But, you know, this guy is not using the same password for everything; like, I don’t want to completely denounce his password behavior. He does mix it up a bit: we’ve got some twiddling on the numeric keypad going on for some of these.
So, what we have at this point is the name, and an address, and a birthday, but still not the street number. I kind of need that to send the cops around. Oh wait, some recent PayPal receipts (see left-hand image below).
And, you know, I don’t want to send the police on a wild goose chase, I need some confirmation here. So I happen to be watching him logging in to his credit card account, over VNC one day. And isn’t it a good thing that his bank’s security is strong and he’s got this image identifier that’s protecting him from phishing attacks? (See middle image above) Doesn’t it make us all feel warm and fuzzy?
But there we are, logged in, there’s the address (right-hand image above). That goes off to the police. But while the police are doing their work, let’s take a closer look at this guy, let’s get to know him a bit. You know, he’s using my computer… Who is Melvin Guzman?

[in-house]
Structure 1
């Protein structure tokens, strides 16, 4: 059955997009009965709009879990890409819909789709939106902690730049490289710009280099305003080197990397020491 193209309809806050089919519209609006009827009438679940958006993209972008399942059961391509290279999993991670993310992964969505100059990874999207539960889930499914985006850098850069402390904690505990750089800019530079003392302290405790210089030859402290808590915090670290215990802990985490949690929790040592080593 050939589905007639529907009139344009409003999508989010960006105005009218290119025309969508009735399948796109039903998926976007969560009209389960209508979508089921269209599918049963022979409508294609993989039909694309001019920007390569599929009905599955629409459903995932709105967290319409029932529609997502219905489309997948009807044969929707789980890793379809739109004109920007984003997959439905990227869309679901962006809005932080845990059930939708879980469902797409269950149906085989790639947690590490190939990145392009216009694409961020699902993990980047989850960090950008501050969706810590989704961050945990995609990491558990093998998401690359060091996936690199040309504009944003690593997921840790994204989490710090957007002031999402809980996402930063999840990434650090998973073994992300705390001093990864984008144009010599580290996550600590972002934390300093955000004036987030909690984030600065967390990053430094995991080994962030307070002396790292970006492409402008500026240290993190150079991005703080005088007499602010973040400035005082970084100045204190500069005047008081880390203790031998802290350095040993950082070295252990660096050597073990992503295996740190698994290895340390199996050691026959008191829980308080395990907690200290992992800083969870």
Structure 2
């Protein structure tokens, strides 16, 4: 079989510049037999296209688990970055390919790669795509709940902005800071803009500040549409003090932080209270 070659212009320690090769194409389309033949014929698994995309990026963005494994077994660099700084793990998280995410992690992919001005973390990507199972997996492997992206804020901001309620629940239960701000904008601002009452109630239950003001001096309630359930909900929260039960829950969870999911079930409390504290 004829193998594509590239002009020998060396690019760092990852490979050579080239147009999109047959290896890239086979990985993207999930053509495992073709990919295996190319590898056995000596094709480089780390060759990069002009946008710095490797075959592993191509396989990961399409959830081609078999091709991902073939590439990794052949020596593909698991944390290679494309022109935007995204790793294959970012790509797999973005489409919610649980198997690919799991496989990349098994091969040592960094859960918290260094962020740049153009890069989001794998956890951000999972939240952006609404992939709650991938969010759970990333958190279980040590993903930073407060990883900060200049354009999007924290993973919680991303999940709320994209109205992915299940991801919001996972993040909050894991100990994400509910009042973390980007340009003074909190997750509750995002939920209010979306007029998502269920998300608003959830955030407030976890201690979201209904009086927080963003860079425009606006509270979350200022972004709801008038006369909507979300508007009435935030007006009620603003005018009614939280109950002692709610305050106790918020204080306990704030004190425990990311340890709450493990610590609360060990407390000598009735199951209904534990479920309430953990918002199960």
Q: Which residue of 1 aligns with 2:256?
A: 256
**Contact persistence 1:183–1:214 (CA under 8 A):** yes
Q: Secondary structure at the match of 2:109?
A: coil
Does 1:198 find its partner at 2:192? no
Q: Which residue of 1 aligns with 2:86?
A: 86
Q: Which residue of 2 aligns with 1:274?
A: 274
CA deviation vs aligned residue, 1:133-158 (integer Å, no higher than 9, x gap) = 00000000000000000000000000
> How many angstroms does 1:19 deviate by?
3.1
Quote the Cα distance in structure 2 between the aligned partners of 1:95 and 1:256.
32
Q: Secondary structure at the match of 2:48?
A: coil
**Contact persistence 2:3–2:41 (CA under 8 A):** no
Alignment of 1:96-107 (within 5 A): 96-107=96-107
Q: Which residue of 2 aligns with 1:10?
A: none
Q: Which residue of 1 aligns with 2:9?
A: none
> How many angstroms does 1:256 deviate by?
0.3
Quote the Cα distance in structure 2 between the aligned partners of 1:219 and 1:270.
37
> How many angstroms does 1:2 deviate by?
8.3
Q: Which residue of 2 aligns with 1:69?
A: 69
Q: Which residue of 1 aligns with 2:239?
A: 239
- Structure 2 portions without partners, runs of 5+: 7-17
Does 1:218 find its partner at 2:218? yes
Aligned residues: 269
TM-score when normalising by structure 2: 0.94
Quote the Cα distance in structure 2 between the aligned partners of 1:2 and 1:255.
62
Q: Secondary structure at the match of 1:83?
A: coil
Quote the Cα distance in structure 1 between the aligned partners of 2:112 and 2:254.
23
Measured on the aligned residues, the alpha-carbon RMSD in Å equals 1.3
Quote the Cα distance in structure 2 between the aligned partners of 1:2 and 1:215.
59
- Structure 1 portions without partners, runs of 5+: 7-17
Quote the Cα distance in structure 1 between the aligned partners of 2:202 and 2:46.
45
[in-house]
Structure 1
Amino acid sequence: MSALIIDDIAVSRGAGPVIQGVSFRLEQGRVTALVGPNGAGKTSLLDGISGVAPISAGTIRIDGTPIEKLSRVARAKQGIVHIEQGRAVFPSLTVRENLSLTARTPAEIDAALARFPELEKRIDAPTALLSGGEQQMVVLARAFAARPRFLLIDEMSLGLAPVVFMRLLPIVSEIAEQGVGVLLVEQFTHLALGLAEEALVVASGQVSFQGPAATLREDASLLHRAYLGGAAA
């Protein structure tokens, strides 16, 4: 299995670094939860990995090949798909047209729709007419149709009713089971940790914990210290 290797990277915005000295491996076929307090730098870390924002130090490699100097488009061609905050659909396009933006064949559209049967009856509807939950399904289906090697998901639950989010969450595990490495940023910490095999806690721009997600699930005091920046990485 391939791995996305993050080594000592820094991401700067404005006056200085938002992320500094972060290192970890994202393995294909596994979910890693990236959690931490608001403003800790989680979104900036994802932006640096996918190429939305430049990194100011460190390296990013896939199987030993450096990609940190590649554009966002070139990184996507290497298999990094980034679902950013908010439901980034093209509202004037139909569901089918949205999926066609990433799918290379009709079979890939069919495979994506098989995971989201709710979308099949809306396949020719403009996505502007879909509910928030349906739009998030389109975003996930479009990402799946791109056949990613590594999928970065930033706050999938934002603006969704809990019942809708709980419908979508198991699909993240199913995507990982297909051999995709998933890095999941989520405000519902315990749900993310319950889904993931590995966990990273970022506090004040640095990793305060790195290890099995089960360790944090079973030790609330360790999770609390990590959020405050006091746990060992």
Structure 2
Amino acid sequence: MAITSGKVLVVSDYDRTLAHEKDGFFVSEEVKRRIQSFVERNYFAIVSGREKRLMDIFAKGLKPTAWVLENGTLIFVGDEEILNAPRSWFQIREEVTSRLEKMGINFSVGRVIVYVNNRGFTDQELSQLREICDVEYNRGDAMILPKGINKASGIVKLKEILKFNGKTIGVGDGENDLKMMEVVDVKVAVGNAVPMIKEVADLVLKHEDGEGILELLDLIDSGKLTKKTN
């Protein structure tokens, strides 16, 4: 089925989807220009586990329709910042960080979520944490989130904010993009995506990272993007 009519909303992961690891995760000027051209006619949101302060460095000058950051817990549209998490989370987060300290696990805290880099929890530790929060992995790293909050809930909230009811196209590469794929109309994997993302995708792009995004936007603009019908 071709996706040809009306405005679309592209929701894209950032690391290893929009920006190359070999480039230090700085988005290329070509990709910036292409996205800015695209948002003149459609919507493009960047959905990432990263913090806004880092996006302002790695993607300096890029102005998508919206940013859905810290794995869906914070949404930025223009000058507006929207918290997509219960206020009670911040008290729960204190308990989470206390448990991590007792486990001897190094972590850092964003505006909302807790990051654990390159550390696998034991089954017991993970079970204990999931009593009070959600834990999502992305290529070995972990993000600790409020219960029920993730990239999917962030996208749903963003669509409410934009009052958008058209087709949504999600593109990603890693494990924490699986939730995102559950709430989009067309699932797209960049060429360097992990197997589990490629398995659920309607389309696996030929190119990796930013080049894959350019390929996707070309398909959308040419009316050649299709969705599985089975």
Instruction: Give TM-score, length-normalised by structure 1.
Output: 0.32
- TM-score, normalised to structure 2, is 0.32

Who is Melvin Guzman? The Close-Up
Well, Melvin Guzman is the kind of person who spells his own name wrong on his Facebook page (see snapshot). His main activity is taking photos of himself for online dating sites, and when he saves those pictures he just mashes on the keyboard. So, my stolen computer, my beloved Mac is being used by someone less competent than a typewriting chimp. But, you know, maybe if he’d stolen infinite number of computers, he might figure out if the complete works of Shakespeare could fit in a Mac OS filename.
But thanks to a self-portrait obsession, I hereby present the many sexy faces of Melvin Guzman (see photos below). I’m sure the ladies love some of those. And all the ladies out there: this man is available, contact me if you would like his phone number.